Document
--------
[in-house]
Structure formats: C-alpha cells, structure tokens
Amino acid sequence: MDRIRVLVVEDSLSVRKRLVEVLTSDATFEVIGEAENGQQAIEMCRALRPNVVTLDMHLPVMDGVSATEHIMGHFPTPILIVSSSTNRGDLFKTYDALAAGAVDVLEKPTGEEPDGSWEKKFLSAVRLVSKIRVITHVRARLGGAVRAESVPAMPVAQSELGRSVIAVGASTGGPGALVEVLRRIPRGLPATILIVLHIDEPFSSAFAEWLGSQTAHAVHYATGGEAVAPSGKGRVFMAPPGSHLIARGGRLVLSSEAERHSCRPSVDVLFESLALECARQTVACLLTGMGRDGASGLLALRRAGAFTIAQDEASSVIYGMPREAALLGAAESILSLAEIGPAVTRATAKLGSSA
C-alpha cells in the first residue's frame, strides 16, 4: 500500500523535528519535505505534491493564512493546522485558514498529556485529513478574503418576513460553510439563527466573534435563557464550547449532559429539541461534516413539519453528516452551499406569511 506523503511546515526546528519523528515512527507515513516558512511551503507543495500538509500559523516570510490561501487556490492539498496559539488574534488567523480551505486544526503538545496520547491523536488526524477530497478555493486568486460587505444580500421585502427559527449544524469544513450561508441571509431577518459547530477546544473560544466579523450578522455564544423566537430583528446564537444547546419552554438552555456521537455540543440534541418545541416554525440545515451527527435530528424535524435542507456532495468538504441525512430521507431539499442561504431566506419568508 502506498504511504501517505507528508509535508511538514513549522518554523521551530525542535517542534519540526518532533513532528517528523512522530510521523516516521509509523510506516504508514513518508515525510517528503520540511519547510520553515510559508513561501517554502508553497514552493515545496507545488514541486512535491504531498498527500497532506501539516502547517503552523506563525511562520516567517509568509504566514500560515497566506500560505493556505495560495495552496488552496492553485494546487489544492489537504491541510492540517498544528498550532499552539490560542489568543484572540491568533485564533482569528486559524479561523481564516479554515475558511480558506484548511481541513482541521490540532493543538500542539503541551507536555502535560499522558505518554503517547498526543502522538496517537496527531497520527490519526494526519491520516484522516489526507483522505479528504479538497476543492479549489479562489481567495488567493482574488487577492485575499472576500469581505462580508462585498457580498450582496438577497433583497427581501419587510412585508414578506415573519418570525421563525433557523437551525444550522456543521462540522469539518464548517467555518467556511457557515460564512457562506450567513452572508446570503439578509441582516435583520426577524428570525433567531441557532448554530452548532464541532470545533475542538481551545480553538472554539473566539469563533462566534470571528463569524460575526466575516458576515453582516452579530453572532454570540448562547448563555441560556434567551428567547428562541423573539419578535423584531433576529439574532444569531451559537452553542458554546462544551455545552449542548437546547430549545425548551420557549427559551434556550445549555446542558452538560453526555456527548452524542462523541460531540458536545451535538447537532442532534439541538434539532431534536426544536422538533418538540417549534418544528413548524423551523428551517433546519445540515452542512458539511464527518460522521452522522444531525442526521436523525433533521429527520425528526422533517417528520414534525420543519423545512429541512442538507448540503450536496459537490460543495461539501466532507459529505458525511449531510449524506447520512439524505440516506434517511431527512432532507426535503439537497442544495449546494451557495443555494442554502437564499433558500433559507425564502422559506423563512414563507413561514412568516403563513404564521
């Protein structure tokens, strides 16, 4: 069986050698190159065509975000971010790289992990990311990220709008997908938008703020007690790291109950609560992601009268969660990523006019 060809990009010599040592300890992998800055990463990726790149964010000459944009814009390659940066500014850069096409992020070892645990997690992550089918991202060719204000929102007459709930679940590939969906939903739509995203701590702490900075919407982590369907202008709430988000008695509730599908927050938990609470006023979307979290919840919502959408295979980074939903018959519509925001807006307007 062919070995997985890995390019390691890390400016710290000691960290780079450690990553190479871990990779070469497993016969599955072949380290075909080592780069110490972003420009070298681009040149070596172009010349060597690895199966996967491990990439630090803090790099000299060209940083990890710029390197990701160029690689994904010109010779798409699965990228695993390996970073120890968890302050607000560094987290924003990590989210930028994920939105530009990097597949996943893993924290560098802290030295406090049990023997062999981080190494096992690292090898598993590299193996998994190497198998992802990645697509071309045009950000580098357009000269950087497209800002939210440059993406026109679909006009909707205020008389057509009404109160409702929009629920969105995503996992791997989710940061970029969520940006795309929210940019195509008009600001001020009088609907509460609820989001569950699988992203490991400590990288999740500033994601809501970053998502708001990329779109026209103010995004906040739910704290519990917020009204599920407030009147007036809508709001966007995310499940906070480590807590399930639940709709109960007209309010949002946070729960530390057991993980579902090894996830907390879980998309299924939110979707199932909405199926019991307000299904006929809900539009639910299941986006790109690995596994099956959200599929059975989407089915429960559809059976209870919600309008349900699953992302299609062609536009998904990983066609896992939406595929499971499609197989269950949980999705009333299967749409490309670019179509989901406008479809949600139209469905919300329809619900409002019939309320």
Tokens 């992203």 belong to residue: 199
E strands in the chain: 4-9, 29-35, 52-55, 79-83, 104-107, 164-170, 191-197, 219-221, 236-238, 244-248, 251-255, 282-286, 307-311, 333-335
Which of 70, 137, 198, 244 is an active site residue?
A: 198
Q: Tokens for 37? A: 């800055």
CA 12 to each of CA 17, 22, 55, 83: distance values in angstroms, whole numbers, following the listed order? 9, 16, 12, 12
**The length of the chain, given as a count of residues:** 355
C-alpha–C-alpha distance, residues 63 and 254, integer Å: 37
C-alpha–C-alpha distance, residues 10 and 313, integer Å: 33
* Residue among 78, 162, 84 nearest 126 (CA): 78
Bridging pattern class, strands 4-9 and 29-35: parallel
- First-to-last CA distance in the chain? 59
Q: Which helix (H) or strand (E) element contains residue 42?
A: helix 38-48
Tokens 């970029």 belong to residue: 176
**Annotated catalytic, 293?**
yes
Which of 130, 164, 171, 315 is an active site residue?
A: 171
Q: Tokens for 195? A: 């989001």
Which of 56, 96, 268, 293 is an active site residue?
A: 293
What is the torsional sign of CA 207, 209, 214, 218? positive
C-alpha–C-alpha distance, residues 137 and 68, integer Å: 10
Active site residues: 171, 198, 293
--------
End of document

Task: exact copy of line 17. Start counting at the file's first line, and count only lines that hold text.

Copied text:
- First-to-last CA distance in the chain? 59